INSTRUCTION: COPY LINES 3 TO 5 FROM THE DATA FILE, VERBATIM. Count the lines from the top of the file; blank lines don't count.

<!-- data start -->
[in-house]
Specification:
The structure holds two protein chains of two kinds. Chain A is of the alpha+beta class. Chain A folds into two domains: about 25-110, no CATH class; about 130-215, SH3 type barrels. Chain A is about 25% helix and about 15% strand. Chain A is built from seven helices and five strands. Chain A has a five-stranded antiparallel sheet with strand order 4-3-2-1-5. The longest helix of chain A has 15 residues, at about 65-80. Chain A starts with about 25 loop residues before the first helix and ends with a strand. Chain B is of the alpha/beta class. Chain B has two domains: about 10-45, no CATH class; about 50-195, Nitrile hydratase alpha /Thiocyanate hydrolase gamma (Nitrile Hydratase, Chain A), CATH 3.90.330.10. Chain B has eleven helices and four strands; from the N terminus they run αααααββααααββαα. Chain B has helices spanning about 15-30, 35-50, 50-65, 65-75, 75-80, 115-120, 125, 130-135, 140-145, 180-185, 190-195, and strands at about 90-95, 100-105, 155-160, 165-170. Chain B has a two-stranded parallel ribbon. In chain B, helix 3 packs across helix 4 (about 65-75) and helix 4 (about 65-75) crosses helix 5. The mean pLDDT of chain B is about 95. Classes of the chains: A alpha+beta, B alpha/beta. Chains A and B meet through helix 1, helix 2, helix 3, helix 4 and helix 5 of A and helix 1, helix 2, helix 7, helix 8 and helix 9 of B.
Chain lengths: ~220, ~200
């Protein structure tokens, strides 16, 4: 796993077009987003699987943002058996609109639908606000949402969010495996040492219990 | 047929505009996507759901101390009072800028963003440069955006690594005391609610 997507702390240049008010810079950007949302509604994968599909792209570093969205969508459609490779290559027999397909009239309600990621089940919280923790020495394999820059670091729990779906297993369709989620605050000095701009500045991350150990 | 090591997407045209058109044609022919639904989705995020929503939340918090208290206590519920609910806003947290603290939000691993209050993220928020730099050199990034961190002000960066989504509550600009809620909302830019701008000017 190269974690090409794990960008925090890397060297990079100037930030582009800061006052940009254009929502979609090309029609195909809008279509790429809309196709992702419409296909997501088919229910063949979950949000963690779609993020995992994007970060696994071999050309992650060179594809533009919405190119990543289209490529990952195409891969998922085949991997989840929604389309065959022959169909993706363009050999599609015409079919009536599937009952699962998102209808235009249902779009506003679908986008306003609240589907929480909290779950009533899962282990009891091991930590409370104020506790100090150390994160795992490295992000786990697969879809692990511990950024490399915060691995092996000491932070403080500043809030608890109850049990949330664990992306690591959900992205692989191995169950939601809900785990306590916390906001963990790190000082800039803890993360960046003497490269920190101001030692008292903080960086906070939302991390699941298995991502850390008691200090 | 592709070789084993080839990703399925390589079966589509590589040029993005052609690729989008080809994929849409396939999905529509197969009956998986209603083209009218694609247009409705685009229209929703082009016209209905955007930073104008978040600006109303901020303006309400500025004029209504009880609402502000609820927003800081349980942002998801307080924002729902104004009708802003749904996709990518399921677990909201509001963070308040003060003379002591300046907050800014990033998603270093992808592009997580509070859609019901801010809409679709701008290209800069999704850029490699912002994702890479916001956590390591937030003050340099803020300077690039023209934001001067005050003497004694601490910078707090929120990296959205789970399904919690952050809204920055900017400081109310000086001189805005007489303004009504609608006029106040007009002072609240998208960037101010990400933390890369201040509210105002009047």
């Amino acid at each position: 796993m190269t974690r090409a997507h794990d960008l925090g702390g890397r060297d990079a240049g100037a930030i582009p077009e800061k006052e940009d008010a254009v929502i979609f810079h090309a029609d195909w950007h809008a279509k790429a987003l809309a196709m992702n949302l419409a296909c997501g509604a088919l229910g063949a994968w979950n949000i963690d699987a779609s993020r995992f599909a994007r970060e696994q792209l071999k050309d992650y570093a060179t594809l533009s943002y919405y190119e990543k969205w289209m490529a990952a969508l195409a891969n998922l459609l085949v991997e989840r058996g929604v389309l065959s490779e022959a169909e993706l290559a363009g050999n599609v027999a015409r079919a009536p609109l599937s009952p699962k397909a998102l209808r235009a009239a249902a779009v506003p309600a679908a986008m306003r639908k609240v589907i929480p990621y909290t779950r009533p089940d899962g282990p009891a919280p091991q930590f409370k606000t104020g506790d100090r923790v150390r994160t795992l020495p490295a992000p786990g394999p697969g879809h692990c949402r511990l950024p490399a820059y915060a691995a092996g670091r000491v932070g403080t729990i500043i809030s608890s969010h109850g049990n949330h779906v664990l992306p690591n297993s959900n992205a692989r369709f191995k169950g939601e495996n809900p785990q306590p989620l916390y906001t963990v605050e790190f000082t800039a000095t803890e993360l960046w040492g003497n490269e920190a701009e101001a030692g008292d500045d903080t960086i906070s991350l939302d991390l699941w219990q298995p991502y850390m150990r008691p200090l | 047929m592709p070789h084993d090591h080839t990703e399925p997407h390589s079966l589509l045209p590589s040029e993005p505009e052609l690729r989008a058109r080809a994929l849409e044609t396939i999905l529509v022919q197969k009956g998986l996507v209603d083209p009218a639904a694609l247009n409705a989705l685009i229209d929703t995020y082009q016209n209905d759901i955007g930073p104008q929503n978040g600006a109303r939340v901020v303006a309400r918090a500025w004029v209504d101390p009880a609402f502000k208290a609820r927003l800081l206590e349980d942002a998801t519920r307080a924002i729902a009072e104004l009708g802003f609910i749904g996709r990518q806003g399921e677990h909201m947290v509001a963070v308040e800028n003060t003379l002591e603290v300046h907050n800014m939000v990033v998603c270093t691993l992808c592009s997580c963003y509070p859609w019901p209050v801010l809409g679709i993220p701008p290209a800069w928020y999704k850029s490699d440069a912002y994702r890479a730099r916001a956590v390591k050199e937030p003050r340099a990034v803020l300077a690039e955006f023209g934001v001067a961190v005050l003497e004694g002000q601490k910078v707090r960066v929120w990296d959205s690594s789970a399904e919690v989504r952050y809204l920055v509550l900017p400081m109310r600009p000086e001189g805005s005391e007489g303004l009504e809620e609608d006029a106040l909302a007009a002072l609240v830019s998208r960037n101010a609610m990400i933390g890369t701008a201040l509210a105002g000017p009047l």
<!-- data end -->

The structure holds two protein chains of two kinds. Chain A is of the alpha+beta class. Chain A folds into two domains: about 25-110, no CATH class; about 130-215, SH3 type barrels. Chain A is about 25% helix and about 15% strand. Chain A is built from seven helices and five strands. Chain A has a five-stranded antiparallel sheet with strand order 4-3-2-1-5. The longest helix of chain A has 15 residues, at about 65-80. Chain A starts with about 25 loop residues before the first helix and ends with a strand. Chain B is of the alpha/beta class. Chain B has two domains: about 10-45, no CATH class; about 50-195, Nitrile hydratase alpha /Thiocyanate hydrolase gamma (Nitrile Hydratase, Chain A), CATH 3.90.330.10. Chain B has eleven helices and four strands; from the N terminus they run αααααββααααββαα. Chain B has helices spanning about 15-30, 35-50, 50-65, 65-75, 75-80, 115-120, 125, 130-135, 140-145, 180-185, 190-195, and strands at about 90-95, 100-105, 155-160, 165-170. Chain B has a two-stranded parallel ribbon. In chain B, helix 3 packs across helix 4 (about 65-75) and helix 4 (about 65-75) crosses helix 5. The mean pLDDT of chain B is about 95. Classes of the chains: A alpha+beta, B alpha/beta. Chains A and B meet through helix 1, helix 2, helix 3, helix 4 and helix 5 of A and helix 1, helix 2, helix 7, helix 8 and helix 9 of B.
Chain lengths: ~220, ~200
């Protein structure tokens, strides 16, 4: 796993077009987003699987943002058996609109639908606000949402969010495996040492219990 | 047929505009996507759901101390009072800028963003440069955006690594005391609610 997507702390240049008010810079950007949302509604994968599909792209570093969205969508459609490779290559027999397909009239309600990621089940919280923790020495394999820059670091729990779906297993369709989620605050000095701009500045991350150990 | 090591997407045209058109044609022919639904989705995020929503939340918090208290206590519920609910806003947290603290939000691993209050993220928020730099050199990034961190002000960066989504509550600009809620909302830019701008000017 190269974690090409794990960008925090890397060297990079100037930030582009800061006052940009254009929502979609090309029609195909809008279509790429809309196709992702419409296909997501088919229910063949979950949000963690779609993020995992994007970060696994071999050309992650060179594809533009919405190119990543289209490529990952195409891969998922085949991997989840929604389309065959022959169909993706363009050999599609015409079919009536599937009952699962998102209808235009249902779009506003679908986008306003609240589907929480909290779950009533899962282990009891091991930590409370104020506790100090150390994160795992490295992000786990697969879809692990511990950024490399915060691995092996000491932070403080500043809030608890109850049990949330664990992306690591959900992205692989191995169950939601809900785990306590916390906001963990790190000082800039803890993360960046003497490269920190101001030692008292903080960086906070939302991390699941298995991502850390008691200090 | 592709070789084993080839990703399925390589079966589509590589040029993005052609690729989008080809994929849409396939999905529509197969009956998986209603083209009218694609247009409705685009229209929703082009016209209905955007930073104008978040600006109303901020303006309400500025004029209504009880609402502000609820927003800081349980942002998801307080924002729902104004009708802003749904996709990518399921677990909201509001963070308040003060003379002591300046907050800014990033998603270093992808592009997580509070859609019901801010809409679709701008290209800069999704850029490699912002994702890479916001956590390591937030003050340099803020300077690039023209934001001067005050003497004694601490910078707090929120990296959205789970399904919690952050809204920055900017400081109310000086001189805005007489303004009504609608006029106040007009002072609240998208960037101010990400933390890369201040509210105002009047």